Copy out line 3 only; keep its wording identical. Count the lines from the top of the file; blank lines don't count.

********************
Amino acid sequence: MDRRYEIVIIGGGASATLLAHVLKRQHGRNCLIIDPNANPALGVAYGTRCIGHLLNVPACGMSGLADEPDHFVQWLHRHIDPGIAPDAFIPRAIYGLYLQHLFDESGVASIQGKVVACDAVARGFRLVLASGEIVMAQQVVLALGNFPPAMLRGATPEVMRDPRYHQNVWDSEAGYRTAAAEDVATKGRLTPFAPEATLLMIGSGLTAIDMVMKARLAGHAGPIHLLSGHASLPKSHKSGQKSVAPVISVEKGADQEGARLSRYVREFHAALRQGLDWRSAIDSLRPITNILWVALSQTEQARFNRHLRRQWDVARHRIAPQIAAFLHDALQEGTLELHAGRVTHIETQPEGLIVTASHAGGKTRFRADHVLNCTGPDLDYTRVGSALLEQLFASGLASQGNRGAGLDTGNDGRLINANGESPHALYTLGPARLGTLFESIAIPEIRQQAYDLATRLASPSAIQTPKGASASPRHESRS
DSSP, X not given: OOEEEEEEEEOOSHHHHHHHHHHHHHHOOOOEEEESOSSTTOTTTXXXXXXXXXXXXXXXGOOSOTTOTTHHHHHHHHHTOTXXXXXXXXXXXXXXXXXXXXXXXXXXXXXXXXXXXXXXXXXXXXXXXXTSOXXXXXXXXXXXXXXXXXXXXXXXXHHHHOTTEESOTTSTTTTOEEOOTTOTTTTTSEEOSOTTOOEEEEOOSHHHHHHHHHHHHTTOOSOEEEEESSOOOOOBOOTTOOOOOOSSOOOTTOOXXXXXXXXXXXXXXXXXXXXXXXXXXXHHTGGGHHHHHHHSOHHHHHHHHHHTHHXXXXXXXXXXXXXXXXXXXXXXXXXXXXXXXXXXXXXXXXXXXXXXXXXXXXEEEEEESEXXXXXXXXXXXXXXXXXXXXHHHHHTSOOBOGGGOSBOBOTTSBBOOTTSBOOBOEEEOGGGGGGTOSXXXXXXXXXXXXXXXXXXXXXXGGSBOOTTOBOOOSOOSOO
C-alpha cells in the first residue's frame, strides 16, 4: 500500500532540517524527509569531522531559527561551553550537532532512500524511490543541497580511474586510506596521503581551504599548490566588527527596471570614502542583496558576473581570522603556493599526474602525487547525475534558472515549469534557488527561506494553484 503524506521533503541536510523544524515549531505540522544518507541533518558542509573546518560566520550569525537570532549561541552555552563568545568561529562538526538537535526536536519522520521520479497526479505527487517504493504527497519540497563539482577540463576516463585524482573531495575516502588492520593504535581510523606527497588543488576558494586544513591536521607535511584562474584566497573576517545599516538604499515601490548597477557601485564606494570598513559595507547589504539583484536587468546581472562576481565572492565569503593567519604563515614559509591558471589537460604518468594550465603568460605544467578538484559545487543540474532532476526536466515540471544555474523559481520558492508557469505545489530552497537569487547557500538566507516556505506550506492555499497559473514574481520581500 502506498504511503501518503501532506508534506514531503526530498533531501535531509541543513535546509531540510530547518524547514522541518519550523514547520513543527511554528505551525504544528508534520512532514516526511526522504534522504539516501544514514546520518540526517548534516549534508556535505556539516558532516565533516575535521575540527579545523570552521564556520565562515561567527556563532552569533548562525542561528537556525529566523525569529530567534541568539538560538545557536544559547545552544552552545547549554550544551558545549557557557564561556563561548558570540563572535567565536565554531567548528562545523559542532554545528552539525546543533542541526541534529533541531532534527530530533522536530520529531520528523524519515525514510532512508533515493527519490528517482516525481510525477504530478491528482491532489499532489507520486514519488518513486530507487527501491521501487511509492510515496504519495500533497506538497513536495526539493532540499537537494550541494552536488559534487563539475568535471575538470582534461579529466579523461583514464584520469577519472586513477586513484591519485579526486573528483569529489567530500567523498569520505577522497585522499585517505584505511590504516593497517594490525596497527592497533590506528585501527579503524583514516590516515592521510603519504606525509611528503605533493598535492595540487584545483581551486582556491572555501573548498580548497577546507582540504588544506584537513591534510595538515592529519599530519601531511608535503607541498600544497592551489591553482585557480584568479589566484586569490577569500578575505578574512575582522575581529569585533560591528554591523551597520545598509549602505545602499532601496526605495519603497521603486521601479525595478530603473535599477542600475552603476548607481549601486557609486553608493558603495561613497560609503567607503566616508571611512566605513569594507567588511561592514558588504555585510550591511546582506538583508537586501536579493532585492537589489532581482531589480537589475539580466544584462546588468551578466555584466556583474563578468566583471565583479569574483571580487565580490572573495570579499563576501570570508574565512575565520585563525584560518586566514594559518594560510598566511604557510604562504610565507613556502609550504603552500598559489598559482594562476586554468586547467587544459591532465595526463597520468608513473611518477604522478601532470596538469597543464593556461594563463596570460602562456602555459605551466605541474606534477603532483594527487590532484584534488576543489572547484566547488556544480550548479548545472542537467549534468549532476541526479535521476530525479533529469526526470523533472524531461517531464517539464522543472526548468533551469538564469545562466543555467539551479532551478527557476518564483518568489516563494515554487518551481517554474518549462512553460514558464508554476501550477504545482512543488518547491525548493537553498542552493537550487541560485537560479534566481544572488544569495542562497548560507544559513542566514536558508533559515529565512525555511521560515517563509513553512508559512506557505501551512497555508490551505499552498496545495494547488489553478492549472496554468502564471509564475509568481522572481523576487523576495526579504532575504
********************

C-alpha cells in the first residue's frame, strides 16, 4: 500500500532540517524527509569531522531559527561551553550537532532512500524511490543541497580511474586510506596521503581551504599548490566588527527596471570614502542583496558576473581570522603556493599526474602525487547525475534558472515549469534557488527561506494553484 503524506521533503541536510523544524515549531505540522544518507541533518558542509573546518560566520550569525537570532549561541552555552563568545568561529562538526538537535526536536519522520521520479497526479505527487517504493504527497519540497563539482577540463576516463585524482573531495575516502588492520593504535581510523606527497588543488576558494586544513591536521607535511584562474584566497573576517545599516538604499515601490548597477557601485564606494570598513559595507547589504539583484536587468546581472562576481565572492565569503593567519604563515614559509591558471589537460604518468594550465603568460605544467578538484559545487543540474532532476526536466515540471544555474523559481520558492508557469505545489530552497537569487547557500538566507516556505506550506492555499497559473514574481520581500 502506498504511503501518503501532506508534506514531503526530498533531501535531509541543513535546509531540510530547518524547514522541518519550523514547520513543527511554528505551525504544528508534520512532514516526511526522504534522504539516501544514514546520518540526517548534516549534508556535505556539516558532516565533516575535521575540527579545523570552521564556520565562515561567527556563532552569533548562525542561528537556525529566523525569529530567534541568539538560538545557536544559547545552544552552545547549554550544551558545549557557557564561556563561548558570540563572535567565536565554531567548528562545523559542532554545528552539525546543533542541526541534529533541531532534527530530533522536530520529531520528523524519515525514510532512508533515493527519490528517482516525481510525477504530478491528482491532489499532489507520486514519488518513486530507487527501491521501487511509492510515496504519495500533497506538497513536495526539493532540499537537494550541494552536488559534487563539475568535471575538470582534461579529466579523461583514464584520469577519472586513477586513484591519485579526486573528483569529489567530500567523498569520505577522497585522499585517505584505511590504516593497517594490525596497527592497533590506528585501527579503524583514516590516515592521510603519504606525509611528503605533493598535492595540487584545483581551486582556491572555501573548498580548497577546507582540504588544506584537513591534510595538515592529519599530519601531511608535503607541498600544497592551489591553482585557480584568479589566484586569490577569500578575505578574512575582522575581529569585533560591528554591523551597520545598509549602505545602499532601496526605495519603497521603486521601479525595478530603473535599477542600475552603476548607481549601486557609486553608493558603495561613497560609503567607503566616508571611512566605513569594507567588511561592514558588504555585510550591511546582506538583508537586501536579493532585492537589489532581482531589480537589475539580466544584462546588468551578466555584466556583474563578468566583471565583479569574483571580487565580490572573495570579499563576501570570508574565512575565520585563525584560518586566514594559518594560510598566511604557510604562504610565507613556502609550504603552500598559489598559482594562476586554468586547467587544459591532465595526463597520468608513473611518477604522478601532470596538469597543464593556461594563463596570460602562456602555459605551466605541474606534477603532483594527487590532484584534488576543489572547484566547488556544480550548479548545472542537467549534468549532476541526479535521476530525479533529469526526470523533472524531461517531464517539464522543472526548468533551469538564469545562466543555467539551479532551478527557476518564483518568489516563494515554487518551481517554474518549462512553460514558464508554476501550477504545482512543488518547491525548493537553498542552493537550487541560485537560479534566481544572488544569495542562497548560507544559513542566514536558508533559515529565512525555511521560515517563509513553512508559512506557505501551512497555508490551505499552498496545495494547488489553478492549472496554468502564471509564475509568481522572481523576487523576495526579504532575504